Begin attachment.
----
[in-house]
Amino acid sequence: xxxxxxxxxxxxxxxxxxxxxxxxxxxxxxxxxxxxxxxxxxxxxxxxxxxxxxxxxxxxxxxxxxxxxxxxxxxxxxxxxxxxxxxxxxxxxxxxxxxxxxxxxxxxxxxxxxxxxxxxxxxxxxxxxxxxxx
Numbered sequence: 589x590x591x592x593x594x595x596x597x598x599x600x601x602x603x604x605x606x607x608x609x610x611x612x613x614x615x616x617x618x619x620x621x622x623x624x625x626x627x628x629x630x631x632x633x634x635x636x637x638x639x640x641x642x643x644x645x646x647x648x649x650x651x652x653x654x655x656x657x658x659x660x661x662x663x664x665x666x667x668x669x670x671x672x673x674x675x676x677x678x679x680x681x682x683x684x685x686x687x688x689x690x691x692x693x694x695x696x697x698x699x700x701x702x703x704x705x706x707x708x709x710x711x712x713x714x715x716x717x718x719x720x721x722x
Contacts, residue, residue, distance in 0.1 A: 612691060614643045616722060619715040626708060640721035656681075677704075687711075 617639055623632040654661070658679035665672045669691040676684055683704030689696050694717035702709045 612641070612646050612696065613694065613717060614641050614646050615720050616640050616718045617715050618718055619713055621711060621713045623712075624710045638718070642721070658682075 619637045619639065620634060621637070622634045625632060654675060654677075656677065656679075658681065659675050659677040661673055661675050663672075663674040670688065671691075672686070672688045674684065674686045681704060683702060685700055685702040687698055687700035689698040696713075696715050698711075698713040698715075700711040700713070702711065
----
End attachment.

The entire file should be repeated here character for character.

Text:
[in-house]
Amino acid sequence: xxxxxxxxxxxxxxxxxxxxxxxxxxxxxxxxxxxxxxxxxxxxxxxxxxxxxxxxxxxxxxxxxxxxxxxxxxxxxxxxxxxxxxxxxxxxxxxxxxxxxxxxxxxxxxxxxxxxxxxxxxxxxxxxxxxxxx
Numbered sequence: 589x590x591x592x593x594x595x596x597x598x599x600x601x602x603x604x605x606x607x608x609x610x611x612x613x614x615x616x617x618x619x620x621x622x623x624x625x626x627x628x629x630x631x632x633x634x635x636x637x638x639x640x641x642x643x644x645x646x647x648x649x650x651x652x653x654x655x656x657x658x659x660x661x662x663x664x665x666x667x668x669x670x671x672x673x674x675x676x677x678x679x680x681x682x683x684x685x686x687x688x689x690x691x692x693x694x695x696x697x698x699x700x701x702x703x704x705x706x707x708x709x710x711x712x713x714x715x716x717x718x719x720x721x722x
Contacts, residue, residue, distance in 0.1 A: 612691060614643045616722060619715040626708060640721035656681075677704075687711075 617639055623632040654661070658679035665672045669691040676684055683704030689696050694717035702709045 612641070612646050612696065613694065613717060614641050614646050615720050616640050616718045617715050618718055619713055621711060621713045623712075624710045638718070642721070658682075 619637045619639065620634060621637070622634045625632060654675060654677075656677065656679075658681065659675050659677040661673055661675050663672075663674040670688065671691075672686070672688045674684065674686045681704060683702060685700055685702040687698055687700035689698040696713075696715050698711075698713040698715075700711040700713070702711065